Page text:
When a friend introduced me to a natural perfumer named Mandy Aftel a few years ago, I had no idea how my life would change. She taught me about essential oils, which I began using in cooking, and, more importantly, about how our sense of smell affects what we feel and remember. We eventually wrote a book together about food and fragrance, and that led to a culinary collaboration. Mandy made a perfume to accompany a dish at my restaurant that contains the same aromas: ginger, black pepper, tarragon and cognac. Diners rub the perfume on their wrists and sniff it before tasting the dish to highlight the relationship between smell and taste, as well as to create an indelible memory of what they ate. It usually works, although occasionally diners, encountering this idea for the first time, find this scratch-and-sniff approach ridiculous. The funny thing is that these same skeptics usually find nothing odd about smelling their wine before drinking it.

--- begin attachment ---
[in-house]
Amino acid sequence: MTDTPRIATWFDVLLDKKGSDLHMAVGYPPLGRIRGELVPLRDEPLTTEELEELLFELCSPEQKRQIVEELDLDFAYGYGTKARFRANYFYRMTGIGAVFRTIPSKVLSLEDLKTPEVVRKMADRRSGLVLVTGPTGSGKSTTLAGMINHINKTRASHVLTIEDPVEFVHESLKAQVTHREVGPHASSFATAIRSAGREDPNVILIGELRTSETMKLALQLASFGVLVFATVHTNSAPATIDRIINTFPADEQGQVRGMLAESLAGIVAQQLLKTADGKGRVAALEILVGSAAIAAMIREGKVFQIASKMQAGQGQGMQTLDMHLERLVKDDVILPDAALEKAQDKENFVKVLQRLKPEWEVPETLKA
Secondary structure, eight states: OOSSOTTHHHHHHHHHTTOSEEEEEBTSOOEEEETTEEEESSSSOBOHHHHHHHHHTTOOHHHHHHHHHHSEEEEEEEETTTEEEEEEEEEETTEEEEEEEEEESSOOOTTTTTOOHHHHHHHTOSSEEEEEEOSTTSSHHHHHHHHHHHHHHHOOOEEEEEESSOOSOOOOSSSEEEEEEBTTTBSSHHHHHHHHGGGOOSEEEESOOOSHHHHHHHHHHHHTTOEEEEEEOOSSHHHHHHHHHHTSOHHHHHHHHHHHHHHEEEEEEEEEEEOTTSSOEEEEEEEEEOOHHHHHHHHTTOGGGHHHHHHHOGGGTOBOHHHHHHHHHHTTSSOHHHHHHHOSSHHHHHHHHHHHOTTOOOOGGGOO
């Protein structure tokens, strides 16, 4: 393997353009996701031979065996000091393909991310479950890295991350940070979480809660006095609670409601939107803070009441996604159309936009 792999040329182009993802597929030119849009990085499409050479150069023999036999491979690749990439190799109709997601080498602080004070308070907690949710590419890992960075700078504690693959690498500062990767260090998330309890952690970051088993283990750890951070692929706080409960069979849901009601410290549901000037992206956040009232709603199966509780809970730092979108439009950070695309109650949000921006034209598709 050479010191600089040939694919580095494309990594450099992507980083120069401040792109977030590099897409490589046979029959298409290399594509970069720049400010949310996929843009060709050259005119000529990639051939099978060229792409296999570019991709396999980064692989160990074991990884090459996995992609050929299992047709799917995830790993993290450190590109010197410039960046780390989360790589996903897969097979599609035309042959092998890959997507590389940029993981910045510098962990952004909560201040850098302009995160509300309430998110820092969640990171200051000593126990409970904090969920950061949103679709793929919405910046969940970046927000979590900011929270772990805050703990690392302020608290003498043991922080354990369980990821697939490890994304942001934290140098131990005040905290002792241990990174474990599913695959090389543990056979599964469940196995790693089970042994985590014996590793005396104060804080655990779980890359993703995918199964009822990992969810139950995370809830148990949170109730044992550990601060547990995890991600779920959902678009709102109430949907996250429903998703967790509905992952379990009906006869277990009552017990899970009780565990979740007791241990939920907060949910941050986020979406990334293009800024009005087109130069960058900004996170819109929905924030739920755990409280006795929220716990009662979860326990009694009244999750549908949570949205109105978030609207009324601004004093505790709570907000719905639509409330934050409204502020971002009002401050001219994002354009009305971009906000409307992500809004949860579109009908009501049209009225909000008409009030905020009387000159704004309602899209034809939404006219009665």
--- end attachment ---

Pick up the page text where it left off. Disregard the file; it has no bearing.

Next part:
In fact, the first thing a novice wine drinker usually learns to do is to smell a wine several times before tasting it, because most of what we think of as a wine’s flavor comes from its aroma. If your sense of smell is blocked, it’s nearly impossible to distinguish red wine from white, let alone identify more refined differences.
Much of the reason we are so strongly affected by wine’s aromas is due to physiology. Smell goes directly to an area of our brain called the limbic system, which is also a center of taste, emotion and memory. Evolutionarily speaking, that structure makes perfect sense: Once upon a time, before we hunted plastic-wrapped dinners under a fluorescent sun, we had to find food in the wild. Aroma, and the way it links to pleasure and memory, helped us distinguish plants that would kill us from those that would nourish us.